A home for economists who believe macroeconomics can be both coherent and stabilization-policy relevant
The GEM website is a home for economists who believe that mainstream macroeconomics cannot usefully explain the costly instability that periodically rocks modern economies.
In particular, consensus thinking failed to guide policymakers' efforts to deal with the enormous welfare costs of the 2007-09 Great Recession – especially six million involuntarily lost jobs.
That failure is not surprising. Forced unemployment is beyond the reach of coherent market-centric theory that today dominates macro research.
The GEM Project offers an alternative approach that intuitively explains instability while maintaining both coherence and stabilization-relevance. In its central innovation, the Project generalizes rational exchange from the marketplace to the large-firm workplace, crucially microfounding meaningful wage rigidities – the key to policy-useful modeling.
Generalization of price-mediated exchange is offered as the next big idea in macroeconomics. We invite economists dissatisfied with the stabilization-policy limitations of mainstream theory to join us in constructing a better model.
The interactive GEM website provides a variety of ways to contribute:
Douglass North died three years ago, at the age of 95. He received the Nobel Prize in Economics in 1993 for his pioneering work in cliometrics and the application of rigorous neoclassical theory to the analysis of institutions. The GEM Project is most indebted to the latter, which provided foundations for modern New Institutionalism. Also compatible with the Project, North carefully grounded his model-building in rational behavior, operating within a framework of agents who act intentionally within their culture and experience.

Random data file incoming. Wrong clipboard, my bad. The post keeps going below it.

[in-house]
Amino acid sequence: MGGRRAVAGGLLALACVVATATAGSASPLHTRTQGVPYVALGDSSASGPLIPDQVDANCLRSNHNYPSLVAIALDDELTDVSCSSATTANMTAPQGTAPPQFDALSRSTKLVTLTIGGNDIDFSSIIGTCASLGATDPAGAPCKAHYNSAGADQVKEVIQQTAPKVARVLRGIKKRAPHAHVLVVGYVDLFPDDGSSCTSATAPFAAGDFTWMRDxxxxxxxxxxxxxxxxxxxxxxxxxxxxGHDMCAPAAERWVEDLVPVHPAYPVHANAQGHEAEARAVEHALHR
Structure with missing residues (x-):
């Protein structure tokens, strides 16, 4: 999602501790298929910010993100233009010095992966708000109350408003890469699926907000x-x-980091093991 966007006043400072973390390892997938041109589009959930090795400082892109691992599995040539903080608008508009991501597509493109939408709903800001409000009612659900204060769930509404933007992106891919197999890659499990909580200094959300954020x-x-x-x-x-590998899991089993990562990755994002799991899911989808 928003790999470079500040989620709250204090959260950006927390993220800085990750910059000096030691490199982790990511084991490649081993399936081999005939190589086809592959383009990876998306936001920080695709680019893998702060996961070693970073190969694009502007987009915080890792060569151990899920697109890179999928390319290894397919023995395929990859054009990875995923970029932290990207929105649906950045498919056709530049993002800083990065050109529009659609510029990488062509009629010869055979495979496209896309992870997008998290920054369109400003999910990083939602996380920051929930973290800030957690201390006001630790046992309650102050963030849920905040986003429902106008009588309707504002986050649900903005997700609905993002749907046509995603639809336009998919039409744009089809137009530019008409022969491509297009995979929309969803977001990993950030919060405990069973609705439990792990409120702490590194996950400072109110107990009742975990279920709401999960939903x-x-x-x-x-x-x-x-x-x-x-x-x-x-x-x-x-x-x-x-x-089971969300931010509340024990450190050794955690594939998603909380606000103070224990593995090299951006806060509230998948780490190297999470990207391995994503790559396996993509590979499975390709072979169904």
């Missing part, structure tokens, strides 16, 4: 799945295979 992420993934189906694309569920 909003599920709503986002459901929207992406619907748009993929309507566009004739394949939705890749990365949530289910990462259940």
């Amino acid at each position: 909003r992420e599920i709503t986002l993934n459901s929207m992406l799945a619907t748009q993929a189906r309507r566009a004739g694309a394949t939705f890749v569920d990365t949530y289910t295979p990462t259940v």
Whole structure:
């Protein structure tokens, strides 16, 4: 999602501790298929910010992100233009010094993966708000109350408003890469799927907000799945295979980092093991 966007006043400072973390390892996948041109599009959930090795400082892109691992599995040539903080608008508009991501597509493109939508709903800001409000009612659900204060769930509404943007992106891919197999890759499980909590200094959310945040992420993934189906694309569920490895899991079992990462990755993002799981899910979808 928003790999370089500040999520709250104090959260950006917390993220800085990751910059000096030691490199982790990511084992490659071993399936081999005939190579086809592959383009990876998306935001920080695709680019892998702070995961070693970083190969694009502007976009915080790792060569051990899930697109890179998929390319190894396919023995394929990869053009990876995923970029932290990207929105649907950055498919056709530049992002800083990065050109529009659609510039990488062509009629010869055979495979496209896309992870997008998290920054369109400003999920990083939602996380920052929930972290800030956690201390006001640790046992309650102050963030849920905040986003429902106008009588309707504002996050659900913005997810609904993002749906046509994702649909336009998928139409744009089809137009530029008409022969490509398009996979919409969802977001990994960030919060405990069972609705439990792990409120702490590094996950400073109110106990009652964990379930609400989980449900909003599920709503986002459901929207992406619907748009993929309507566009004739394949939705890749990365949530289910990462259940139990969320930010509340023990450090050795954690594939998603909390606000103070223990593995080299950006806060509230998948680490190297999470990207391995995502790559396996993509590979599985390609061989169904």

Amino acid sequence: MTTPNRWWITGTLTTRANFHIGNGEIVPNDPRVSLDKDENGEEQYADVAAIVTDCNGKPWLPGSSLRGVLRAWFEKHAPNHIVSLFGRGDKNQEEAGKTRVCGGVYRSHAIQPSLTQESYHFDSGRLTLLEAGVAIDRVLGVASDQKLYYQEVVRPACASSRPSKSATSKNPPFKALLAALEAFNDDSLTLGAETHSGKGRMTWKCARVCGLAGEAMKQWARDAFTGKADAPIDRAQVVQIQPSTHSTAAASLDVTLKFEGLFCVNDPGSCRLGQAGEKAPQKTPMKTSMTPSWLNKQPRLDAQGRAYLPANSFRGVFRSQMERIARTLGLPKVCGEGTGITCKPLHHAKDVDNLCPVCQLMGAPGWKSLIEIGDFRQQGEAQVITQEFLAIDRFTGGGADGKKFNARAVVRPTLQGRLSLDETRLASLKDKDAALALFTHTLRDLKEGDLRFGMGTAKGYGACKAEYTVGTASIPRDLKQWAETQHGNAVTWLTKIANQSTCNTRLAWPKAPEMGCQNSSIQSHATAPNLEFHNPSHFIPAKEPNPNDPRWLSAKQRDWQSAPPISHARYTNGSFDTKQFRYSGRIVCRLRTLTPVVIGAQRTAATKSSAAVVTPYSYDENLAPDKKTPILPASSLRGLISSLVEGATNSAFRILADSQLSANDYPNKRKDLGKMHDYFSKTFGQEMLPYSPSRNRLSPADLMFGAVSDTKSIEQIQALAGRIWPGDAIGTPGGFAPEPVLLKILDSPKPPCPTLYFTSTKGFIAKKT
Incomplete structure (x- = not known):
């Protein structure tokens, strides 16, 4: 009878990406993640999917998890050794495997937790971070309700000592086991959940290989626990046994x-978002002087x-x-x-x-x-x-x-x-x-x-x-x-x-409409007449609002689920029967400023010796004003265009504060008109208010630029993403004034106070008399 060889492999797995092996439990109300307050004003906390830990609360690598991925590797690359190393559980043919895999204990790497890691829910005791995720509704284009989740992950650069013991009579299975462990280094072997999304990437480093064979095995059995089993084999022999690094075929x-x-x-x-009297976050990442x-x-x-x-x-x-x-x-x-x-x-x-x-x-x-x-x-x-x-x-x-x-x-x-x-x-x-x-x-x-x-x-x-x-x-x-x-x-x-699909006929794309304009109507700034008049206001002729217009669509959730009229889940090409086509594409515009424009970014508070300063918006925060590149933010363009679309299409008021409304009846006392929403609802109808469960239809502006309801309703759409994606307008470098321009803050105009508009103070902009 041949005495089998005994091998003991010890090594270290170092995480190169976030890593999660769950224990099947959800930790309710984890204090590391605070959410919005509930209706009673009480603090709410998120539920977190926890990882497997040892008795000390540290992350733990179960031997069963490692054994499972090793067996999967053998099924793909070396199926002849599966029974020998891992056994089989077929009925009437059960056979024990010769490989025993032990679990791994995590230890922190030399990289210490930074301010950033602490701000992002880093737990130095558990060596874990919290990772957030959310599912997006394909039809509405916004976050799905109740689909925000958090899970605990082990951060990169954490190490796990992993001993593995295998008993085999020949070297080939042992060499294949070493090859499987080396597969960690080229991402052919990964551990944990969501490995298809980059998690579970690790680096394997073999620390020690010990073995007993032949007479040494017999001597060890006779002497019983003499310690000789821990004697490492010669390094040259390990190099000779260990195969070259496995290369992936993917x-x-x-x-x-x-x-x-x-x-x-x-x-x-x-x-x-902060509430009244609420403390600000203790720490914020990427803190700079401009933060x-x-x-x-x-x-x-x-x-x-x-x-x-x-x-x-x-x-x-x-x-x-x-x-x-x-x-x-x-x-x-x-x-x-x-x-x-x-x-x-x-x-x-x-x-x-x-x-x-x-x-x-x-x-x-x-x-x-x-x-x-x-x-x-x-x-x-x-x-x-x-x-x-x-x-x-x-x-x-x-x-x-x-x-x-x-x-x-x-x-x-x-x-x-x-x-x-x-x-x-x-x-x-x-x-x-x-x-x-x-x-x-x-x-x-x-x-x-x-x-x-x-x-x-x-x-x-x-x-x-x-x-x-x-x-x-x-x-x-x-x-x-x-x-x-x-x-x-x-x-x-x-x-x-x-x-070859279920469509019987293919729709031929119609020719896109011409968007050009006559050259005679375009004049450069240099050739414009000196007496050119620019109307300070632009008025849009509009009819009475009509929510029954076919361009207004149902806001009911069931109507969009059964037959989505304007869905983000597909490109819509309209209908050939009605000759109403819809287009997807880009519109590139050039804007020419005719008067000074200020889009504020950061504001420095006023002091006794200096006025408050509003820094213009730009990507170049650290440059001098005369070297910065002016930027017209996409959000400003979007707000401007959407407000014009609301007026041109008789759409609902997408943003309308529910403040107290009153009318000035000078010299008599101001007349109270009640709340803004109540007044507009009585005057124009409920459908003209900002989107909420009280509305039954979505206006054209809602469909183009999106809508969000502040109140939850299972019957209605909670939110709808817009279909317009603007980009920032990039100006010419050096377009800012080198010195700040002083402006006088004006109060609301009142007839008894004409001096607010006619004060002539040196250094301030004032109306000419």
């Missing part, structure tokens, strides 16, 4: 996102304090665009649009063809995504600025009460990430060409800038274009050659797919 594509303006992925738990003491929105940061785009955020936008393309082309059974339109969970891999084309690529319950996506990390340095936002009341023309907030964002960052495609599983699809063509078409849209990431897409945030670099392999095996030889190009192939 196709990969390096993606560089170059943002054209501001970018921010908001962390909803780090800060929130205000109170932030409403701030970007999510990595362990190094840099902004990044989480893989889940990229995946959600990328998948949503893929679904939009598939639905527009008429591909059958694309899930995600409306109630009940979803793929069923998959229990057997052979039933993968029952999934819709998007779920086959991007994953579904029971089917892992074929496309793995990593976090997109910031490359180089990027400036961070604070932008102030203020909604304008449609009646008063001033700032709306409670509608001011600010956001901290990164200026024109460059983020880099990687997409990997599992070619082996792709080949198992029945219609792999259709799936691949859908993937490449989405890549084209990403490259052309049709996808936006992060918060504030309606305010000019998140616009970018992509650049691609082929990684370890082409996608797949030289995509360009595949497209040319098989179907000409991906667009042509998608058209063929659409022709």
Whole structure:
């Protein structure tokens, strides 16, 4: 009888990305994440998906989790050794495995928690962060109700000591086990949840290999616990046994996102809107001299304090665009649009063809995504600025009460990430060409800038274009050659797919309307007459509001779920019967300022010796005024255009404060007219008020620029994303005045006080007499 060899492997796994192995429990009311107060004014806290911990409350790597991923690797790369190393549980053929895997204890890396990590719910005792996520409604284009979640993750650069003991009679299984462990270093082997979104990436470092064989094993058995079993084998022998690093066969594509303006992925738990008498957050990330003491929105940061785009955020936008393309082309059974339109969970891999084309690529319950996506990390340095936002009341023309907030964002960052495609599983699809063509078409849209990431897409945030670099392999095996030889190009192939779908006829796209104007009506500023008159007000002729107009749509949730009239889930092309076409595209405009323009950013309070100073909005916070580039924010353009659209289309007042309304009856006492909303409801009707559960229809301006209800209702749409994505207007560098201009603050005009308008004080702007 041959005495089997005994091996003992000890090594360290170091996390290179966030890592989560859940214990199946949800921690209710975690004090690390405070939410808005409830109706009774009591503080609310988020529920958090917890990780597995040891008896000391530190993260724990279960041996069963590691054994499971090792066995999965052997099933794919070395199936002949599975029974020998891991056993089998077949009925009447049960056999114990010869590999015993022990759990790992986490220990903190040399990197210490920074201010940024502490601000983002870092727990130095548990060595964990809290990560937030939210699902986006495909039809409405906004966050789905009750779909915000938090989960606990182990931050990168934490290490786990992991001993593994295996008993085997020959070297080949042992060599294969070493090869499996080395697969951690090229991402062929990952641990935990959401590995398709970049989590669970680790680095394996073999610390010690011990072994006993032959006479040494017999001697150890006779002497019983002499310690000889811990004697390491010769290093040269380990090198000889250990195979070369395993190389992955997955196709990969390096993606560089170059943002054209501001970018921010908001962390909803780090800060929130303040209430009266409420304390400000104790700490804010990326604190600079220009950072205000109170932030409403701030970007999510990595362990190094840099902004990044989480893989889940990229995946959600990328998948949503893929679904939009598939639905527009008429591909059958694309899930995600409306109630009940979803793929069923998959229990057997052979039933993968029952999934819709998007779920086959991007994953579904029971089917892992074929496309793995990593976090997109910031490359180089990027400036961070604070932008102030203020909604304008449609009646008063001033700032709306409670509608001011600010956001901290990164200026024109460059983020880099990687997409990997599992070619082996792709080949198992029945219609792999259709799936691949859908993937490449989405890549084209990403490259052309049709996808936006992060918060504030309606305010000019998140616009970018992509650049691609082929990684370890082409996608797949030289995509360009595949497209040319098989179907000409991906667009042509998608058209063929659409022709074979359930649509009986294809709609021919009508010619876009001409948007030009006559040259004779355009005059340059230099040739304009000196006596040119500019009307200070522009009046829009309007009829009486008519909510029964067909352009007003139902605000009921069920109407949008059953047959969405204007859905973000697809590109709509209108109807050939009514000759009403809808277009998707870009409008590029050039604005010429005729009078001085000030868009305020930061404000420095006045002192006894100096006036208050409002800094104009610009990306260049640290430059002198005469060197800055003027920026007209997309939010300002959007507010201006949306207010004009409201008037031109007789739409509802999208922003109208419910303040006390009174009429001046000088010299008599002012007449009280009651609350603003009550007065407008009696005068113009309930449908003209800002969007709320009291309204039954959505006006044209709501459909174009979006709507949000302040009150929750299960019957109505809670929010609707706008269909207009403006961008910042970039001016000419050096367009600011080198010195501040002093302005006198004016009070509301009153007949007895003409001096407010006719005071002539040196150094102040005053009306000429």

North’s taught us that institutions are designed to constrain economic, social, and political interaction. Constraints are both formal (including laws, constitutions, and property rights) and informal (including customs, traditions, and codes of conduct). His idea that formal neoclassical theory could help us understand why institutions function the way they do was a fundamental, albeit incomplete, breakthrough. The GEM Project has extended North’s analysis, compatibly modeling complex, highly specialized workplaces as a nonmarket venue of rational price-mediated exchange. From North (1971): “What we need is a body of theory which encompasses the traditional models of the economist and both widens its scope and allows us to include an explanation of the formation, mutation and decay of organizational forms within which man cooperates or competes.” The Project argues, along similar lines, that what macro theory most needs is the intuitive generalization of rational price-mediated exchange from the marketplace to the information-challenged workplace.
North straddled institutionalist and neoclassical schools, an uncomfortable middle ground. The former distrusted his use of rigorous, often restrictive analytical tools while the latter disparaged “loose”, at times incoherent, literary analysis. Skepticism from both rigorous and institutional economists has also pestered the GEM Project. Despite GEM success in microfounding the suppression of wage recontracting, ratifying the existence of involuntary job loss, motivating causality from nominal demand disturbances to evidence-sized movement in employment, output, and income, and the derivation from axiomatic priors of powerful chronic, time-varying wage rents, mainstream macro theorists remain uninterested in modeling rational exchange...